Caution ahead of a speech by Federal Reserve Chair Janet Yellen’s speech at the annual gathering of central bankers in Jackson Hole, Wyoming, limited movements across global markets on Friday.
Asian stocks tracked an overnight dip on Wall Street and edged down early in the session, while geopolitical tensions helped shore up crude oil prices.
Risk markets were wary of the U.S. central bank hinting at near-term interest rate hike which could divert some of the massive liquidity that has drenched global markets.
MSCI’s broadest index of Asia-Pacific shares outside Japan lost 0.2 percent.
Japan’s Nikkei fell 0.4 percent and South Korea’s Kospi dropped 0.3 percent.
U.S. stocks were modestly lower on Thursday, weighed down by a drop in healthcare and consumer companies.
“While it is possible that her comments will have a longer-term feel about them and could also be reasonably technical in nature, markets will be particularly interested if she follows on from some of her Fed colleagues that have signalled recently that markets are under-pricing potential upcoming Fed tightening,” wrote strategists at ANZ.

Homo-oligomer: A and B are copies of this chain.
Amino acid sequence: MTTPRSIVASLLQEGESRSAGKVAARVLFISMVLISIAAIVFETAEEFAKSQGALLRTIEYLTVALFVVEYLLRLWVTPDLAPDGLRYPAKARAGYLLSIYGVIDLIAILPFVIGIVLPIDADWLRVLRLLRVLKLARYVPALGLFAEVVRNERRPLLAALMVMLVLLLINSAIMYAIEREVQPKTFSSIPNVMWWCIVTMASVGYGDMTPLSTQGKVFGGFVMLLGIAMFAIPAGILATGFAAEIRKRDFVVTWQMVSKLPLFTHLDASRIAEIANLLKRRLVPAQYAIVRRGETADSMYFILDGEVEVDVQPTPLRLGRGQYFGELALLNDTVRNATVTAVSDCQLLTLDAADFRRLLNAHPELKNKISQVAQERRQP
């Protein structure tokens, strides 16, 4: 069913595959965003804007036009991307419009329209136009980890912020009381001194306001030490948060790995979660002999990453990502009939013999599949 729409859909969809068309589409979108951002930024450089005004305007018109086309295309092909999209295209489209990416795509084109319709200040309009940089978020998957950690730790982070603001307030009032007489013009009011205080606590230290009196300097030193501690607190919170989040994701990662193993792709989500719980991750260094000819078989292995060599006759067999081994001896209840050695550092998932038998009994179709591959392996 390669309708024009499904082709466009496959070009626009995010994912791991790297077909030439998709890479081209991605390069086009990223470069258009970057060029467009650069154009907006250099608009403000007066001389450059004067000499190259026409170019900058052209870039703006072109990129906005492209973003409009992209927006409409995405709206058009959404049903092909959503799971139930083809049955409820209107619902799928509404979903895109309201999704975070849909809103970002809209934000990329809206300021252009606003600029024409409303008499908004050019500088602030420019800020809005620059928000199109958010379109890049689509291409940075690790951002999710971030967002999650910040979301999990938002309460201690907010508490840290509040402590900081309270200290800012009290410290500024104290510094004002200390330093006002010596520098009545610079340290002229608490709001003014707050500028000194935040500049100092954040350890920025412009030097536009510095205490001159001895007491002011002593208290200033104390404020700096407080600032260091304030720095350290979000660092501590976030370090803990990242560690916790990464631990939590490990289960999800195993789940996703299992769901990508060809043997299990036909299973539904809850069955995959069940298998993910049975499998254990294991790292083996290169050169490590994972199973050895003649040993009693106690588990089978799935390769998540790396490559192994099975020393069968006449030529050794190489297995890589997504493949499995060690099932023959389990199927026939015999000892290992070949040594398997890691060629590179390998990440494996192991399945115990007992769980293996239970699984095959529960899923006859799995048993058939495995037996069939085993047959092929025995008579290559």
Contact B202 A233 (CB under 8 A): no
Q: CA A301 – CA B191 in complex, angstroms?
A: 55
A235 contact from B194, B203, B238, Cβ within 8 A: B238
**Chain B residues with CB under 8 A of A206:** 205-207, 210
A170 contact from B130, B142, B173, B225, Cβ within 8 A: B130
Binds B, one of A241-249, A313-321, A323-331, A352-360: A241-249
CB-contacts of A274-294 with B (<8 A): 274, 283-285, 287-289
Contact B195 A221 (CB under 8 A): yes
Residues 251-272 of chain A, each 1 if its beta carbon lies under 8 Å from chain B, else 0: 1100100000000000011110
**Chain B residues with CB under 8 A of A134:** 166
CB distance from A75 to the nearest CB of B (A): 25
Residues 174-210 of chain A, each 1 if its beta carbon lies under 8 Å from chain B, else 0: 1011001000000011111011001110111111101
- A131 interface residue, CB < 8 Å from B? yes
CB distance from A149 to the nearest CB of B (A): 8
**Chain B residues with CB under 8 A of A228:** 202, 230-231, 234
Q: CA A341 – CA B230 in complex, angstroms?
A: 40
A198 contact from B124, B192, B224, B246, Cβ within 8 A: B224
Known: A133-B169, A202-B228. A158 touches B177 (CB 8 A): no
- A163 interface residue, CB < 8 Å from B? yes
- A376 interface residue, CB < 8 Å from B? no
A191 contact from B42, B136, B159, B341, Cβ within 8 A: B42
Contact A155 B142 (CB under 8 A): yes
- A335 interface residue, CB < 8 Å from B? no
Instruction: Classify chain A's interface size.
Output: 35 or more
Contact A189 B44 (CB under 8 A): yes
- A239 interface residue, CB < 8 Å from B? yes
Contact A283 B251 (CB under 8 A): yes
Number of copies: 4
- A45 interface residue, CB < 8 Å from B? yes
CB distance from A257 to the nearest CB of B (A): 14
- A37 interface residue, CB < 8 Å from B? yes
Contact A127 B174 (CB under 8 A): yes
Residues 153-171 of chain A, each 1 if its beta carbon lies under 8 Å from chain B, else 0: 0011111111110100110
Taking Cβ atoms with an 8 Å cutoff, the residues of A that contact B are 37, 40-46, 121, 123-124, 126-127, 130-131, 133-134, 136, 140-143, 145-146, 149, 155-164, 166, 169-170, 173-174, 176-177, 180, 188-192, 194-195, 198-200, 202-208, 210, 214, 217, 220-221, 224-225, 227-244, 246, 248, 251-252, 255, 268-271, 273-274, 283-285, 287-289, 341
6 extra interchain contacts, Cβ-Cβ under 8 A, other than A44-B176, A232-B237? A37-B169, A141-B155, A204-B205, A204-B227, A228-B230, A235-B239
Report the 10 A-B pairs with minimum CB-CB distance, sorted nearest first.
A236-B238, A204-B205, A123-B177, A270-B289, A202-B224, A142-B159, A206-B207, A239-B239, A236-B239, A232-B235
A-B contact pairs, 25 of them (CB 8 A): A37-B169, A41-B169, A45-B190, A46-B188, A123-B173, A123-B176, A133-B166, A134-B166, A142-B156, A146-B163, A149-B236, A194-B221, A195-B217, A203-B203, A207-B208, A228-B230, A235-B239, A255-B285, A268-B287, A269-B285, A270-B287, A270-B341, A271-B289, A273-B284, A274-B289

“Those comments haven’t really shifted market pricing, but if the boss was to signal it too, markets would likely listen.”
On Thursday Kansas City Fed President Esther George said it is time for the central bank to raise rates gradually and Dallas Fed President Robert Kaplan noted the Fed should be able to hike “in the not too distant future.”
Those comments were roughly in line with the hawkish views expressed by Fed policymakers including Vice Chair Stanley Fischer earlier in the week, adding to expectations that Yellen’s comments would be in a similar vein.
The dollar treaded water against its main peers ahead of Yellen’s speech. The U.S. currency was flat at 100.560 yen , having risen a modest 0.3 percent so far this week.
The euro was also little changed at $1.1286, on track to dip about 0.3 percent on the week.
The Australian dollar nudged up 0.1 percent to $0.7624 .
In commodities, U.S. crude oil inched up 2 cents to $47.35 a barrel after rising 56 cents, or 1 percent, on Thursday.
Oil prices were lifted overnight by U.S.-Iran military tensions in the Gulf and speculation the dollar would fall in response to Yellen’s policy speech.